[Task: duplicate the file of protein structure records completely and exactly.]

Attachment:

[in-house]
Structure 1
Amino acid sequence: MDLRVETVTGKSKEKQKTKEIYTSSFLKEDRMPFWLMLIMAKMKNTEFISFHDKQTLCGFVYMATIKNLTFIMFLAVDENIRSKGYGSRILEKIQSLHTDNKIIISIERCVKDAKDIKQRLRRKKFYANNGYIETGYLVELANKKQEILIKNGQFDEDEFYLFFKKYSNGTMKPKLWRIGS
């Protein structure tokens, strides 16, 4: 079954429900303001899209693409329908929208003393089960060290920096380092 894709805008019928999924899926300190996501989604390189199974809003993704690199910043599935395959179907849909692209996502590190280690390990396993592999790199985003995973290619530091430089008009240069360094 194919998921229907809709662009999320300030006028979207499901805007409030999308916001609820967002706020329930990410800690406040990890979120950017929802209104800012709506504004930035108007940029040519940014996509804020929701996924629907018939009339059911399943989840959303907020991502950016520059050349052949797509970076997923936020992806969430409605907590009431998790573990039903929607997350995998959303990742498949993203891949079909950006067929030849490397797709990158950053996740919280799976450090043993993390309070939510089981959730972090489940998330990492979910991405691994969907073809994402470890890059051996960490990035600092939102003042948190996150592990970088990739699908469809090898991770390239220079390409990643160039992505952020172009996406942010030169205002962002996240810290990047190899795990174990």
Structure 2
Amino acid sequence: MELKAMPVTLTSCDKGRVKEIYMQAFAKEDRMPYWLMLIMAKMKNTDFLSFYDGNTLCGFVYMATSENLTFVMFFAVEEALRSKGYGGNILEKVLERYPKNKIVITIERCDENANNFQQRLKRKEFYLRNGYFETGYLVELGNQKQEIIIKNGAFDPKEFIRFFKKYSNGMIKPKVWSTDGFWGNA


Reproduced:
[in-house]
Structure 1
Amino acid sequence: MDLRVETVTGKSKEKQKTKEIYTSSFLKEDRMPFWLMLIMAKMKNTEFISFHDKQTLCGFVYMATIKNLTFIMFLAVDENIRSKGYGSRILEKIQSLHTDNKIIISIERCVKDAKDIKQRLRRKKFYANNGYIETGYLVELANKKQEILIKNGQFDEDEFYLFFKKYSNGTMKPKLWRIGS
């Protein structure tokens, strides 16, 4: 079954429900303001899209693409329908929208003393089960060290920096380092 894709805008019928999924899926300190996501989604390189199974809003993704690199910043599935395959179907849909692209996502590190280690390990396993592999790199985003995973290619530091430089008009240069360094 194919998921229907809709662009999320300030006028979207499901805007409030999308916001609820967002706020329930990410800690406040990890979120950017929802209104800012709506504004930035108007940029040519940014996509804020929701996924629907018939009339059911399943989840959303907020991502950016520059050349052949797509970076997923936020992806969430409605907590009431998790573990039903929607997350995998959303990742498949993203891949079909950006067929030849490397797709990158950053996740919280799976450090043993993390309070939510089981959730972090489940998330990492979910991405691994969907073809994402470890890059051996960490990035600092939102003042948190996150592990970088990739699908469809090898991770390239220079390409990643160039992505952020172009996406942010030169205002962002996240810290990047190899795990174990």
Structure 2
Amino acid sequence: MELKAMPVTLTSCDKGRVKEIYMQAFAKEDRMPYWLMLIMAKMKNTDFLSFYDGNTLCGFVYMATSENLTFVMFFAVEEALRSKGYGGNILEKVLERYPKNKIVITIERCDENANNFQQRLKRKEFYLRNGYFETGYLVELGNQKQEIIIKNGAFDPKEFIRFFKKYSNGMIKPKVWSTDGFWGNA